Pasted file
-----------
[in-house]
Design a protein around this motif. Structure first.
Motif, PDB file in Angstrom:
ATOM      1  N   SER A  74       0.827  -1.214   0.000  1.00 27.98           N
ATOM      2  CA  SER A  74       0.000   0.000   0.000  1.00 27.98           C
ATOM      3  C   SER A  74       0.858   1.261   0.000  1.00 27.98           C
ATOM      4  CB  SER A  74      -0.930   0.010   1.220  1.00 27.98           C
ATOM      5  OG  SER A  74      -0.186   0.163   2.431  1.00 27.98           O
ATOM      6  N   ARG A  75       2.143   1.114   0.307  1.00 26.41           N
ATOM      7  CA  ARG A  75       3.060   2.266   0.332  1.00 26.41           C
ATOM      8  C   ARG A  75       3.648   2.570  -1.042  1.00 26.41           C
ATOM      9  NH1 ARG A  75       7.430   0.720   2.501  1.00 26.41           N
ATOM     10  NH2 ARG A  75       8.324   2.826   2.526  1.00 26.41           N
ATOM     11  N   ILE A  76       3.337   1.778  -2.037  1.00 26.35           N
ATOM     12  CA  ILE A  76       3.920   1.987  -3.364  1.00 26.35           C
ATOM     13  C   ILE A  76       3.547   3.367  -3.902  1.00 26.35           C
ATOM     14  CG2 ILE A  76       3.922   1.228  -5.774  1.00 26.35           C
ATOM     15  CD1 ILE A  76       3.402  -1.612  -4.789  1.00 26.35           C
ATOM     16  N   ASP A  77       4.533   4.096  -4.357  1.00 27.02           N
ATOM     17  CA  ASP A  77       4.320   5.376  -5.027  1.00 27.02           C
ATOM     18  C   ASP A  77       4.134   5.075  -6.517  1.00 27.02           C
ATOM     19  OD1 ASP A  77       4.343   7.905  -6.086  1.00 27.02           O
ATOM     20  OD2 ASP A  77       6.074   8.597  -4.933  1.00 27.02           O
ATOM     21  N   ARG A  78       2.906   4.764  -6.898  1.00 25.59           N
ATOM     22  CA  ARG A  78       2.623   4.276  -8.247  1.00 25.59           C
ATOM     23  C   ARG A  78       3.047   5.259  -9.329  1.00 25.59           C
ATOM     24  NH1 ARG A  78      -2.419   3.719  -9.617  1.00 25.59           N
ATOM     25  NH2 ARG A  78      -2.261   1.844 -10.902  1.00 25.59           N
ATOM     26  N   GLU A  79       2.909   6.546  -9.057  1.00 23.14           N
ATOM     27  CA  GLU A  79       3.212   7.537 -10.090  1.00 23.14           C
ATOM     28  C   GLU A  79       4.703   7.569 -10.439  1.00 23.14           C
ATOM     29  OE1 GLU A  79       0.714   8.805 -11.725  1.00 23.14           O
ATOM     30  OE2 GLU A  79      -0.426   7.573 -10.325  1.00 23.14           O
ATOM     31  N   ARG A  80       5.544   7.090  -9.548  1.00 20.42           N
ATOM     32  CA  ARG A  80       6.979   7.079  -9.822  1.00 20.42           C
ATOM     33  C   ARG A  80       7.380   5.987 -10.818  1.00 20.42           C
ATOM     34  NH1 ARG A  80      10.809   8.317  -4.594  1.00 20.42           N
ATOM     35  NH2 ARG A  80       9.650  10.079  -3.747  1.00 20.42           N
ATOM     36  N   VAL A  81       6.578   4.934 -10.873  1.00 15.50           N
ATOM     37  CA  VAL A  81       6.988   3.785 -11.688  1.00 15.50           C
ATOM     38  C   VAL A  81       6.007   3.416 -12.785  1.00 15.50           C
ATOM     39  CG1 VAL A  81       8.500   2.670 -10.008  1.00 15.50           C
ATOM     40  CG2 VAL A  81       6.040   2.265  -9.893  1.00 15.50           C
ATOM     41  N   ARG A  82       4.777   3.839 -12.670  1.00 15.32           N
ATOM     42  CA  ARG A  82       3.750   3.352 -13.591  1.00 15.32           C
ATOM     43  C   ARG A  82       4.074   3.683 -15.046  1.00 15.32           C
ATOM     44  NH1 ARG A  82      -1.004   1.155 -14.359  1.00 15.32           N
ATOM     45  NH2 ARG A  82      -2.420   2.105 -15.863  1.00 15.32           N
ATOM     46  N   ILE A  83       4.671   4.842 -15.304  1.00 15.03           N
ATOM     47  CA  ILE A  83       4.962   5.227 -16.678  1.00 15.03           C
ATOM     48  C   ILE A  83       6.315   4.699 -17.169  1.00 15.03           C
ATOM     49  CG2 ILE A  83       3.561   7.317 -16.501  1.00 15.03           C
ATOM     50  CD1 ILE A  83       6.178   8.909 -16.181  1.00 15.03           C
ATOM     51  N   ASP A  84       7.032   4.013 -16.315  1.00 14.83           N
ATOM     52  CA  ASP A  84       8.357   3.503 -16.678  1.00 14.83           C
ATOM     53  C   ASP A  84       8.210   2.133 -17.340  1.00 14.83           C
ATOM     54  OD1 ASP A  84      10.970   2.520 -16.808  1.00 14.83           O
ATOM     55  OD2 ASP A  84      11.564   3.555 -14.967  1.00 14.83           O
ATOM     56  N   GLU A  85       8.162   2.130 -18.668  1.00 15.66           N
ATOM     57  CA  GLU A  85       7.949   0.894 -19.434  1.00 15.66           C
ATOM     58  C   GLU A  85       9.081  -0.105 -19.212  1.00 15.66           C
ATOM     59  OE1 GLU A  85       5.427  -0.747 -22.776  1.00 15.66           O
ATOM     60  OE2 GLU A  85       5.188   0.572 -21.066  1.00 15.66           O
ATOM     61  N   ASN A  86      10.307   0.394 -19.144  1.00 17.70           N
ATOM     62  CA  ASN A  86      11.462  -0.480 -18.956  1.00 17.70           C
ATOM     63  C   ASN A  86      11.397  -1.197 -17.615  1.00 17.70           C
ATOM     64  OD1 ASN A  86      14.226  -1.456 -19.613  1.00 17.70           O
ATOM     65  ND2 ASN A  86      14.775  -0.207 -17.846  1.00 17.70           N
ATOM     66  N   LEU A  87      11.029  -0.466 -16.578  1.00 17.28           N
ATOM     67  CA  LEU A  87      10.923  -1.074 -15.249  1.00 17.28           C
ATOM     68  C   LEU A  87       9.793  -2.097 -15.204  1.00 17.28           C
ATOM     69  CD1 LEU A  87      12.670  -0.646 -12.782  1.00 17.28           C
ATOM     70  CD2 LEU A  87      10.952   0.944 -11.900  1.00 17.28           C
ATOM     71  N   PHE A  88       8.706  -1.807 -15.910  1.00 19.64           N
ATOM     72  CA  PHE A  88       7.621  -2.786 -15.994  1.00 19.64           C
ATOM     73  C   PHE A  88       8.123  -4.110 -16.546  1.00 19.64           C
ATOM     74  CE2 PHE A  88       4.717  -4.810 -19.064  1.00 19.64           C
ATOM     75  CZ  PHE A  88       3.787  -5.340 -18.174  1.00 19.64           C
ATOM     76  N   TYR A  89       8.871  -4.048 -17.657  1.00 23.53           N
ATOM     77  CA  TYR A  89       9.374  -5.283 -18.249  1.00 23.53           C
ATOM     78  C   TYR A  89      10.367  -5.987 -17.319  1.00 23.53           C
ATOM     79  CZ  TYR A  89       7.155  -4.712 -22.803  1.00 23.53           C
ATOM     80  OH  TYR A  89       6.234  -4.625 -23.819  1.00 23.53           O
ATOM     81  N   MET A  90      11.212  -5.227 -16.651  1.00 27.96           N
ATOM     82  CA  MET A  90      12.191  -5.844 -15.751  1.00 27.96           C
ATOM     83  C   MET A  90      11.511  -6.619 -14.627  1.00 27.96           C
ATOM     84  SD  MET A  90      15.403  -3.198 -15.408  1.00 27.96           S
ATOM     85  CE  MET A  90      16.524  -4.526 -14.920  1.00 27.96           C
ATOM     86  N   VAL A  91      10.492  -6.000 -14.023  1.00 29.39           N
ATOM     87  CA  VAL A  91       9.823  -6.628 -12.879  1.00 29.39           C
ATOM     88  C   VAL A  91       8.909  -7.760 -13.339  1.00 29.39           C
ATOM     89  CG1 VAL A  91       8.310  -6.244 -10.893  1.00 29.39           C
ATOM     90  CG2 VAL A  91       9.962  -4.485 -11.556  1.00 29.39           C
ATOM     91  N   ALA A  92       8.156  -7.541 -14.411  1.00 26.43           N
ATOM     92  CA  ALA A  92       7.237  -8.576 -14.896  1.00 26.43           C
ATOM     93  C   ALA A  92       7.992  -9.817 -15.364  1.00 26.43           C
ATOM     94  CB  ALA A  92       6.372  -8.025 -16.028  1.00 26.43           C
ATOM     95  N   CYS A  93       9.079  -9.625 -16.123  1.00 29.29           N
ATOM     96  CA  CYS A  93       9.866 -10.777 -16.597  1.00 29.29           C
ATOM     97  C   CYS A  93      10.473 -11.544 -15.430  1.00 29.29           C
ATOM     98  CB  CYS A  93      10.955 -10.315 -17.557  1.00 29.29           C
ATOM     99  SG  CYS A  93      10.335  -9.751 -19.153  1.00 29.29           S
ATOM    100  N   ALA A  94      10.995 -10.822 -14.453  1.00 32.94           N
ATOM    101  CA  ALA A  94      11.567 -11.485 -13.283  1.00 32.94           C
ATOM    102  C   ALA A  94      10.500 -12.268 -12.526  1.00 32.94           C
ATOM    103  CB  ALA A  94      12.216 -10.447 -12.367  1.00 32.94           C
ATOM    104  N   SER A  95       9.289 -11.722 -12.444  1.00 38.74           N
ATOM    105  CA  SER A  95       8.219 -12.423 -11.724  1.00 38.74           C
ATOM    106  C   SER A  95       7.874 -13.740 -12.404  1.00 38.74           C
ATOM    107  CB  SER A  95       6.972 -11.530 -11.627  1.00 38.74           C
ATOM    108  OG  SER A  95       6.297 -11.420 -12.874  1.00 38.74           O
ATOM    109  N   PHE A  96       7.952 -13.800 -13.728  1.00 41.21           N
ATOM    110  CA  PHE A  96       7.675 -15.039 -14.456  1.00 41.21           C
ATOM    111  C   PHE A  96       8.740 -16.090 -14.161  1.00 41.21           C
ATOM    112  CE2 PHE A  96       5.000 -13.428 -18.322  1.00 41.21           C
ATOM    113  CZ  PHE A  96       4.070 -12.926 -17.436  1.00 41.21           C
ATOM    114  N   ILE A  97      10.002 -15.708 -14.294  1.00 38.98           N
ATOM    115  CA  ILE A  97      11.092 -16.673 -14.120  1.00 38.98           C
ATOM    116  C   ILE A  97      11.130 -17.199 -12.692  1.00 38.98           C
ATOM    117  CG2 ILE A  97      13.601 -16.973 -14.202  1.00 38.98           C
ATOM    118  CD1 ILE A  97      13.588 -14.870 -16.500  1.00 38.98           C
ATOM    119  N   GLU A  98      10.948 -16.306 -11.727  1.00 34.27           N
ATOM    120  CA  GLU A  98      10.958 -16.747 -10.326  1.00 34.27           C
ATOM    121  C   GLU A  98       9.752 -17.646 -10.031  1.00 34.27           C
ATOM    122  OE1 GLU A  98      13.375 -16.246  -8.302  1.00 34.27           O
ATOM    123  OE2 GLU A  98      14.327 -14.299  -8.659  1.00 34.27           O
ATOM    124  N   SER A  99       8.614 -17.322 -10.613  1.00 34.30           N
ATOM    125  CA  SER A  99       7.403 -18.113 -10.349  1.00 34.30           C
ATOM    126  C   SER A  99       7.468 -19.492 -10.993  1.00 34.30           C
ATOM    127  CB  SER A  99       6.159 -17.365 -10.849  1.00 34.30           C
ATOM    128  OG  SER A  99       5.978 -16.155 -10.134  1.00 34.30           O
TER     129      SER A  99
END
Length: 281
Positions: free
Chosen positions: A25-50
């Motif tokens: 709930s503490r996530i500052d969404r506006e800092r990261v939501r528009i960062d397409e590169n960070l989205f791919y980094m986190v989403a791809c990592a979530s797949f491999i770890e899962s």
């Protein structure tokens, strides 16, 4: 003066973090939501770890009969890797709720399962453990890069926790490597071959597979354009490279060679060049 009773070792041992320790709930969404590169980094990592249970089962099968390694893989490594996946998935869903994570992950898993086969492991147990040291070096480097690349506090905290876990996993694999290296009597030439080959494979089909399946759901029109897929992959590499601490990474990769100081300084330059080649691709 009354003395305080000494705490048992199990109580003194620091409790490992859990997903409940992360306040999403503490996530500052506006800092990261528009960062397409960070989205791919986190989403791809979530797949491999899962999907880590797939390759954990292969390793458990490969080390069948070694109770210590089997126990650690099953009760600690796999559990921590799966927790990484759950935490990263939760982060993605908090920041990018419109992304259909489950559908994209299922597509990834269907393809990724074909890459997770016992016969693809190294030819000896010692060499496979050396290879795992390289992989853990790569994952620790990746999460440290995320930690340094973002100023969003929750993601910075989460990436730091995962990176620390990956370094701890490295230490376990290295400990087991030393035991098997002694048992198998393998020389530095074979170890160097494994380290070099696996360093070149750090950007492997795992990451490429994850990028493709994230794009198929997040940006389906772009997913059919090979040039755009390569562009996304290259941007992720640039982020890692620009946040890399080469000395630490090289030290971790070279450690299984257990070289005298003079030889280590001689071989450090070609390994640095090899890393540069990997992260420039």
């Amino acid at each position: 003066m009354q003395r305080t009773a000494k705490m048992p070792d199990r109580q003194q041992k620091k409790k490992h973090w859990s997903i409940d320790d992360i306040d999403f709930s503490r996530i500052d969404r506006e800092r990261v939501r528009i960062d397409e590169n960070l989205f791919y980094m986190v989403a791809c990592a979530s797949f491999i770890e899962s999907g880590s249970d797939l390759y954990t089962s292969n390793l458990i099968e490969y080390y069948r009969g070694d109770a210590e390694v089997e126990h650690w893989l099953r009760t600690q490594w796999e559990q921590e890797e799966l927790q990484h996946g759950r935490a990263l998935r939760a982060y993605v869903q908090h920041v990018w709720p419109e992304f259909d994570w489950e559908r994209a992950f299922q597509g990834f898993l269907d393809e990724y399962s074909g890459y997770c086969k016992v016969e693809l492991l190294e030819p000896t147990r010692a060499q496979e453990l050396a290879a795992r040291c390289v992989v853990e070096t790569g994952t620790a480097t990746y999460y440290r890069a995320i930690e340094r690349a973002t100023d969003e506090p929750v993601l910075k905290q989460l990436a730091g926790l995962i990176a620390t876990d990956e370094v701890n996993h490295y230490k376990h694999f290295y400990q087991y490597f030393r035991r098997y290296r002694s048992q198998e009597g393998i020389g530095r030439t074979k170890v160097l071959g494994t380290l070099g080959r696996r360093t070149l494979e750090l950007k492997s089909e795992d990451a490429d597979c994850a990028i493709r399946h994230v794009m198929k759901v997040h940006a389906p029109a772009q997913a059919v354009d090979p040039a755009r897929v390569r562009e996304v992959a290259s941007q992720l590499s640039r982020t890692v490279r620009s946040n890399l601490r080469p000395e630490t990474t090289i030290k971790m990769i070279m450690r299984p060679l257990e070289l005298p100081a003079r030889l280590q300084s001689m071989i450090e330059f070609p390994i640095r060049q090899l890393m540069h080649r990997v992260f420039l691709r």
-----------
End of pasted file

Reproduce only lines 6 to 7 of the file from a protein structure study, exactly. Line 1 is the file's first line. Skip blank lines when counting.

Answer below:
ATOM      3  C   SER A  74       0.858   1.261   0.000  1.00 27.98           C
ATOM      4  CB  SER A  74      -0.930   0.010   1.220  1.00 27.98           C